Miyagi: Man who catch fly with chopstick accomplish anything.
Daniel: Ever catch one?
Miyagi: Not yet.
Photo submitted by Dillon Farrell
Looks can be deceiving
Although I’m on top, I’m by no means in control and would soon be put in an arm-bar and forced to tap out of my first jujitsu match at the Kumite Classic in Monroeville.
"I only had to sign one waiver to do this, so it couldn't be that dangerous."
My college roommate and amateur adventurist, Dillon Farrell, convinced to me to try something new. Without any experience, conditioning or training, we headed to Monroeville during Memorial Day weekend to take part in the Kumite Classic - a fitness expo that featured a jujitsu tournament.
And, trust me, it was something new. I was a high school wrestler, and I graduated in 2010. It's been a while.
The trip was planned well enough in advance that I could have trained, and, in retrospect, should have trained.
The closest I came to doing something active prior to the tournament was to think about the rigorous workouts I remembered from high school -and that was more than enough to tire me out.
Dillon, who also participated in a Tae Kwan Do tournament on Friday - the night before, had seen this jujitsu tournament the previous year. He assured me that our wrestling skills would be more than enough to win a couple matches. He does club Tae Kwon Do, so he was a little bit more in shape than I was.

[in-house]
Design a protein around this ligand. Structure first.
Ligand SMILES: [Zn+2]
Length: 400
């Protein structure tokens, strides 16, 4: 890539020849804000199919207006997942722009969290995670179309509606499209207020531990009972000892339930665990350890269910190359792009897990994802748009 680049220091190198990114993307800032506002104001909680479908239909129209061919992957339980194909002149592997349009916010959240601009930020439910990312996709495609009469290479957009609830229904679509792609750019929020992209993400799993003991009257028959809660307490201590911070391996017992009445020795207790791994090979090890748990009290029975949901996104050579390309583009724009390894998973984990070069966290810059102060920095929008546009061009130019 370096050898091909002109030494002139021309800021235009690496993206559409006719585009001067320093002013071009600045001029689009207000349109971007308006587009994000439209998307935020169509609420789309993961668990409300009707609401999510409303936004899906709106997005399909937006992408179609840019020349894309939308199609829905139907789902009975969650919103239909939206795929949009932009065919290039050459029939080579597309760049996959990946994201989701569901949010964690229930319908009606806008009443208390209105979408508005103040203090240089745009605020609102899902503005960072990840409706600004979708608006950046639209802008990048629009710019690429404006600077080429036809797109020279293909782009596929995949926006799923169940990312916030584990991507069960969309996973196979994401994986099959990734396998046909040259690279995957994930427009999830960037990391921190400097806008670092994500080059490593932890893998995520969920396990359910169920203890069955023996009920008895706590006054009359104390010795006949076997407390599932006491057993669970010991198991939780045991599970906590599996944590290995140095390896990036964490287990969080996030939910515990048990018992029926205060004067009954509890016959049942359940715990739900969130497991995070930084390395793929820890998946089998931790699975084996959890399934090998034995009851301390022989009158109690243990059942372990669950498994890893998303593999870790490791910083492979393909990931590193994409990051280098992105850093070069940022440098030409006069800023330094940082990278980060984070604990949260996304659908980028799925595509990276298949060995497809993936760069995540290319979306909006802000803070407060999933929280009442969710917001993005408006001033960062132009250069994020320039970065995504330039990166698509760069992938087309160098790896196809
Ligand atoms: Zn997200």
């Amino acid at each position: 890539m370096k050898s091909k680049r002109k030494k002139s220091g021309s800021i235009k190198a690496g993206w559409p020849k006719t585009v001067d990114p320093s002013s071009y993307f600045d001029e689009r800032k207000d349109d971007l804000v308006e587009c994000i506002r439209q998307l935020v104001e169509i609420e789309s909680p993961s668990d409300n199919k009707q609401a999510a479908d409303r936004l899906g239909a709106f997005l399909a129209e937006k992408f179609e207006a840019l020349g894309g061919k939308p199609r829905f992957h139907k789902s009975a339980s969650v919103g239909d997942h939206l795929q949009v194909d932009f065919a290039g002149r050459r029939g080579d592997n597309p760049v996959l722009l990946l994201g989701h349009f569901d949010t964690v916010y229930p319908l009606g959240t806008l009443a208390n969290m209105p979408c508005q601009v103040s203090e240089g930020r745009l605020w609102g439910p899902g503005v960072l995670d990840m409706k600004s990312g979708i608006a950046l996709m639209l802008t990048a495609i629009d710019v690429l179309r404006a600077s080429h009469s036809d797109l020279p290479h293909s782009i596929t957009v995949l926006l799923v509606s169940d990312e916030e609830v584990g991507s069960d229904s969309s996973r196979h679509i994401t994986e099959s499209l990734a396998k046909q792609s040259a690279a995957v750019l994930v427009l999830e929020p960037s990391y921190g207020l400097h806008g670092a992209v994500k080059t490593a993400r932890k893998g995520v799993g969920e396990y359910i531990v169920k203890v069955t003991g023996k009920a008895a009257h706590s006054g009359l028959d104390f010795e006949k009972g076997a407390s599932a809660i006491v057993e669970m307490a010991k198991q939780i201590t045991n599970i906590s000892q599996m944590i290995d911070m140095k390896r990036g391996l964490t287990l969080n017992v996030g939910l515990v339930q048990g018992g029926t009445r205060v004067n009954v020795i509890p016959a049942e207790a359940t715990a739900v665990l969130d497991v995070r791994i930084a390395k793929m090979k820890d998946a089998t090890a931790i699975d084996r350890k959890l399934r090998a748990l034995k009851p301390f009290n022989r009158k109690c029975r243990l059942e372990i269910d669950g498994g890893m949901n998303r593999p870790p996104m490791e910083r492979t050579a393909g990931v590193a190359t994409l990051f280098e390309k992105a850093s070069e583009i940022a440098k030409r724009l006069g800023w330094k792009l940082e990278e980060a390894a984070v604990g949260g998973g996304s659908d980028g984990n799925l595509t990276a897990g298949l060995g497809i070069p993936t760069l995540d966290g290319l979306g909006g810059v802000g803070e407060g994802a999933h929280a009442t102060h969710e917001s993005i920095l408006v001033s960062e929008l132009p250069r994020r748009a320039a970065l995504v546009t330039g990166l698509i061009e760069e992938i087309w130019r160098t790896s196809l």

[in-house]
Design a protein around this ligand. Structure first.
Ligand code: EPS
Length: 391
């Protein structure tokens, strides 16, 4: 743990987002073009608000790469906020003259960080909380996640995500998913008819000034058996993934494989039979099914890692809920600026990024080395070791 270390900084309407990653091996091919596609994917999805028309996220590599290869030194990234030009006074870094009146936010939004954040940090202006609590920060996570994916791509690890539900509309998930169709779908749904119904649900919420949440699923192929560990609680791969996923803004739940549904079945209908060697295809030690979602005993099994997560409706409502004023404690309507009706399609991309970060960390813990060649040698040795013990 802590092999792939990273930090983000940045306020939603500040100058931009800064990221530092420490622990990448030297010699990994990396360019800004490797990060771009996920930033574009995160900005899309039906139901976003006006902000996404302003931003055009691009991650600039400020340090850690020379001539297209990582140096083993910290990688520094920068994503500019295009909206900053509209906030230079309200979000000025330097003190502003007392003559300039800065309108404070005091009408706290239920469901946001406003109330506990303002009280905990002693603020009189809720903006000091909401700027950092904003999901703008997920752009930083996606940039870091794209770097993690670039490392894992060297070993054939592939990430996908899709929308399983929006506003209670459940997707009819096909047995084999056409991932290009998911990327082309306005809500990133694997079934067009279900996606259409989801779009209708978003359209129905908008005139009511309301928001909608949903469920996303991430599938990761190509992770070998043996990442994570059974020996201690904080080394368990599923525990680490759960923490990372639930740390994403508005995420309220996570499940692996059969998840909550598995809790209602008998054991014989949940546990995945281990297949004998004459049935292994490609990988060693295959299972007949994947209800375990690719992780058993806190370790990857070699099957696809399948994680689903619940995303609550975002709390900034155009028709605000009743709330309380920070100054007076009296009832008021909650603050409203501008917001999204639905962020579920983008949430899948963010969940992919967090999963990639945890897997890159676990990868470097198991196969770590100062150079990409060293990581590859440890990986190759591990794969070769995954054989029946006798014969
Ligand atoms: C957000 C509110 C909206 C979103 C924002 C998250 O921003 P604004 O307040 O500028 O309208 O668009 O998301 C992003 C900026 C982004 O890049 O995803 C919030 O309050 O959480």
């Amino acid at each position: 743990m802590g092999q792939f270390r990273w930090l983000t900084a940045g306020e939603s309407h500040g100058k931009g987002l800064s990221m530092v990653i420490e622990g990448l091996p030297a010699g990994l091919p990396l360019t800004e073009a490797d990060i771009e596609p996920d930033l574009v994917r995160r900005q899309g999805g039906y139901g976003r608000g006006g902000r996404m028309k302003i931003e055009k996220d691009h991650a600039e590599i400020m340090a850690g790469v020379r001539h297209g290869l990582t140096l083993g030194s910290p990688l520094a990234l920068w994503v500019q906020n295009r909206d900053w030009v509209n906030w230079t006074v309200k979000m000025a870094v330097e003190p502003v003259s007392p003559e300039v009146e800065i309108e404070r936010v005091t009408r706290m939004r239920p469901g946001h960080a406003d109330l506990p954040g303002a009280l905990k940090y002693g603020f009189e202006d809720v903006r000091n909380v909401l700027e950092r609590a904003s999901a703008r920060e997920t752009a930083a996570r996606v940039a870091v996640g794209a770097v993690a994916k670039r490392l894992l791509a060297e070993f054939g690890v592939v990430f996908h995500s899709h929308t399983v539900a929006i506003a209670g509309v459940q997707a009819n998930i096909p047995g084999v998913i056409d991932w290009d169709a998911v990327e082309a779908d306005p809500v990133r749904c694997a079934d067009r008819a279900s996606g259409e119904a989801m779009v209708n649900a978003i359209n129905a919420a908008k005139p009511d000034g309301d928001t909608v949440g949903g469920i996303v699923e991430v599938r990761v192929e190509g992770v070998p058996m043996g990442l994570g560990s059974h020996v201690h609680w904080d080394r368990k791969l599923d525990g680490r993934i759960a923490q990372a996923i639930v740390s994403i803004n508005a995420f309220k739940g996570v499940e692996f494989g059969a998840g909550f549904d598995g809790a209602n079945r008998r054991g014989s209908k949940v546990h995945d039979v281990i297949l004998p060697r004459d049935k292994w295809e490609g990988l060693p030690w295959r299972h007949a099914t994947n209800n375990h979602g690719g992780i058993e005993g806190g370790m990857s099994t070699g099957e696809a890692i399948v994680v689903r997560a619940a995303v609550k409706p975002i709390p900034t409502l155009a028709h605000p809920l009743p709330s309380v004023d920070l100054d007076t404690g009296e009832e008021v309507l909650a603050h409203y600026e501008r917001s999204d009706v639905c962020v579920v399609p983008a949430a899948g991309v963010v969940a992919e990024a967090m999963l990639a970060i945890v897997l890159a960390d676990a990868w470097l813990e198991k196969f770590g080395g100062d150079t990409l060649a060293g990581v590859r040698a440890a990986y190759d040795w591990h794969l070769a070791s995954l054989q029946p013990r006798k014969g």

After watching a couple of YouTube tutorials (the source of all knowledge), it seemed that jujitsu wasn't all that different than wrestling. I was in for a rude awakening.
On Friday, I walked around the expo and took in the bizarre population of athletes that I found myself surrounded by. There were body builders, weight lifters, martial arts experts, and an alarming amount of children running around with swords. If there was ever a place that a person could fulfill his aspirations to be a real life Karate Kid, this was it. The '90's lived on at this tournament - Arnold Schwarzenegger pictures were everywhere.
With a lot of time to kill, I walked around checking the various booths and the fitness fads being sold by guys whose biceps were bigger than my waist.